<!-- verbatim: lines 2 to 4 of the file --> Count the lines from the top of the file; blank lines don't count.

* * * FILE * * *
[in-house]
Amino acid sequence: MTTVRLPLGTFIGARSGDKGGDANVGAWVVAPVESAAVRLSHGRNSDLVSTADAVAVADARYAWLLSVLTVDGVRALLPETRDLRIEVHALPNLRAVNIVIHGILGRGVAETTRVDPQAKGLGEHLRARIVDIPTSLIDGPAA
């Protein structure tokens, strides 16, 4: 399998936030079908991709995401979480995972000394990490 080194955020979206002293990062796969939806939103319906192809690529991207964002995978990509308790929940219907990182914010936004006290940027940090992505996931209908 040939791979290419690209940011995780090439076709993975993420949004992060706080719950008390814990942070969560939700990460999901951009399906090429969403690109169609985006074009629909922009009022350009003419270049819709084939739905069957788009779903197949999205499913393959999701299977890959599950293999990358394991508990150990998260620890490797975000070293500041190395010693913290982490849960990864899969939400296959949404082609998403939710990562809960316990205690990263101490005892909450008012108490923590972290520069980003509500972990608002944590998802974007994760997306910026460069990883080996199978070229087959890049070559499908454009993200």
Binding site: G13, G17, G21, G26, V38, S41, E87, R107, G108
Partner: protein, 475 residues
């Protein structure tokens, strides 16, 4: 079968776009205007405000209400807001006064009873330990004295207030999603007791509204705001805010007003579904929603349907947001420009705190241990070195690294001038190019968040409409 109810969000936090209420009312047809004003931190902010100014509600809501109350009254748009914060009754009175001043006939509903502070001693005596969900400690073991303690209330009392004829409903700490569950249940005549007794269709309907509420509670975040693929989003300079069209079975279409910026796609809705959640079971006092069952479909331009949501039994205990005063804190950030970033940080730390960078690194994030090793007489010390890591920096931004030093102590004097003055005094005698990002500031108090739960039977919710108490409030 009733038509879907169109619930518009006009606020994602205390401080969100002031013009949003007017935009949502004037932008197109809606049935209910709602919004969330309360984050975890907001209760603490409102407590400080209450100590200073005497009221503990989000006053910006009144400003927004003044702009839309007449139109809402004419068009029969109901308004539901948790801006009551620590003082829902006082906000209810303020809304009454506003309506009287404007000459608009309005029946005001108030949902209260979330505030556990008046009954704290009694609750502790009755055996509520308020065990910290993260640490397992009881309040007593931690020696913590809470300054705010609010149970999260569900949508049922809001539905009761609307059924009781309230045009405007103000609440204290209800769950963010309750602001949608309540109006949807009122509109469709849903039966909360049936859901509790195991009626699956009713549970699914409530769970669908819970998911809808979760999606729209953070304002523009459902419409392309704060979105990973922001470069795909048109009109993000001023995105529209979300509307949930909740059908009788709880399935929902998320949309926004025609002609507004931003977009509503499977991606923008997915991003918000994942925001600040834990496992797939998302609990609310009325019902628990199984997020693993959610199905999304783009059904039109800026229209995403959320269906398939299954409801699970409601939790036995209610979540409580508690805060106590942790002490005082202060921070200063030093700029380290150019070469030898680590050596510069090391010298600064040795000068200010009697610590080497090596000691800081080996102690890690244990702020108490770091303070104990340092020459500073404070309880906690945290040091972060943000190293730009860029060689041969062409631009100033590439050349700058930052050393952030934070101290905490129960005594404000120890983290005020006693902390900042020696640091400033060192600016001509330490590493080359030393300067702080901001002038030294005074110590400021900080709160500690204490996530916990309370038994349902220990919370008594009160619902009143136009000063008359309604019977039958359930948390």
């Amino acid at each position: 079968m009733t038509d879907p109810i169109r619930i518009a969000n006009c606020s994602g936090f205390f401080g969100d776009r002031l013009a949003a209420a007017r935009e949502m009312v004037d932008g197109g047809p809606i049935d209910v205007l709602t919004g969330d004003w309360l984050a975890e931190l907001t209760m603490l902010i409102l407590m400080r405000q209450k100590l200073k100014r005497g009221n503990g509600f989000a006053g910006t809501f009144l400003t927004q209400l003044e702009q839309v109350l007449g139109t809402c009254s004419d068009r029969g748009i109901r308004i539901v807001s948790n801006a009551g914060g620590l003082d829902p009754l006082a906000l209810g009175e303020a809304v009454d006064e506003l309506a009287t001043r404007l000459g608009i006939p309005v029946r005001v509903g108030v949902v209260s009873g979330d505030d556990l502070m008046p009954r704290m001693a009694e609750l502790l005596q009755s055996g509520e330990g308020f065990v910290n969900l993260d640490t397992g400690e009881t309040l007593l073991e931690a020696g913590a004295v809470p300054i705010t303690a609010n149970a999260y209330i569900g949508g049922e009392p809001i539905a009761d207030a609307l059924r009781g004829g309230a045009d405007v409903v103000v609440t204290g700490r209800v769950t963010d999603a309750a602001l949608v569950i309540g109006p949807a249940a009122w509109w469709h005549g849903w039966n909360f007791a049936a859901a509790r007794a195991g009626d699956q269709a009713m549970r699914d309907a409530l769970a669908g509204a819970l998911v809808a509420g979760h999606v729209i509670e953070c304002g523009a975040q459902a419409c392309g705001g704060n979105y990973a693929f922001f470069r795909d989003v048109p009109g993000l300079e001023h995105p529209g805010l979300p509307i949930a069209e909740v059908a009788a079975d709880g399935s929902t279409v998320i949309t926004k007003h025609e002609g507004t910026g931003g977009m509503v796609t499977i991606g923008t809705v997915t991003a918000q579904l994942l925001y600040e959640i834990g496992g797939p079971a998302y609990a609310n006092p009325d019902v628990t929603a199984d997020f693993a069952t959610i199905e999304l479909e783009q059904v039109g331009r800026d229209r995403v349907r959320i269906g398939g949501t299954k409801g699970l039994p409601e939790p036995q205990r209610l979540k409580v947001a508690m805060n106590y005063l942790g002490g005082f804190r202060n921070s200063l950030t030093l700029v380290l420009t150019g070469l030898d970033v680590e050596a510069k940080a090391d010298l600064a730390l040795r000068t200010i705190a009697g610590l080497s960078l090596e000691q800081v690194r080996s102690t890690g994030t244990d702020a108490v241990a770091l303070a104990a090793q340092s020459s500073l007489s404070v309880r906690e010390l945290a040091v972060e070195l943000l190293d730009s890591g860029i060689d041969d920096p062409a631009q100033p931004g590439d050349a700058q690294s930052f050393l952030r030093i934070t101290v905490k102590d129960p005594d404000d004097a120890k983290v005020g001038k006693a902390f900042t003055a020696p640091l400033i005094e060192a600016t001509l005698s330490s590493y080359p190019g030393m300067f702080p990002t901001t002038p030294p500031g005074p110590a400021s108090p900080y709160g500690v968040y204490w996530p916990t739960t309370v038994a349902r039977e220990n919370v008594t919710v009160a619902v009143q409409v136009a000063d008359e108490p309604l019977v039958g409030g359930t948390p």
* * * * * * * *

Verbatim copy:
Amino acid sequence: MTTVRLPLGTFIGARSGDKGGDANVGAWVVAPVESAAVRLSHGRNSDLVSTADAVAVADARYAWLLSVLTVDGVRALLPETRDLRIEVHALPNLRAVNIVIHGILGRGVAETTRVDPQAKGLGEHLRARIVDIPTSLIDGPAA
């Protein structure tokens, strides 16, 4: 399998936030079908991709995401979480995972000394990490 080194955020979206002293990062796969939806939103319906192809690529991207964002995978990509308790929940219907990182914010936004006290940027940090992505996931209908 040939791979290419690209940011995780090439076709993975993420949004992060706080719950008390814990942070969560939700990460999901951009399906090429969403690109169609985006074009629909922009009022350009003419270049819709084939739905069957788009779903197949999205499913393959999701299977890959599950293999990358394991508990150990998260620890490797975000070293500041190395010693913290982490849960990864899969939400296959949404082609998403939710990562809960316990205690990263101490005892909450008012108490923590972290520069980003509500972990608002944590998802974007994760997306910026460069990883080996199978070229087959890049070559499908454009993200």
Binding site: G13, G17, G21, G26, V38, S41, E87, R107, G108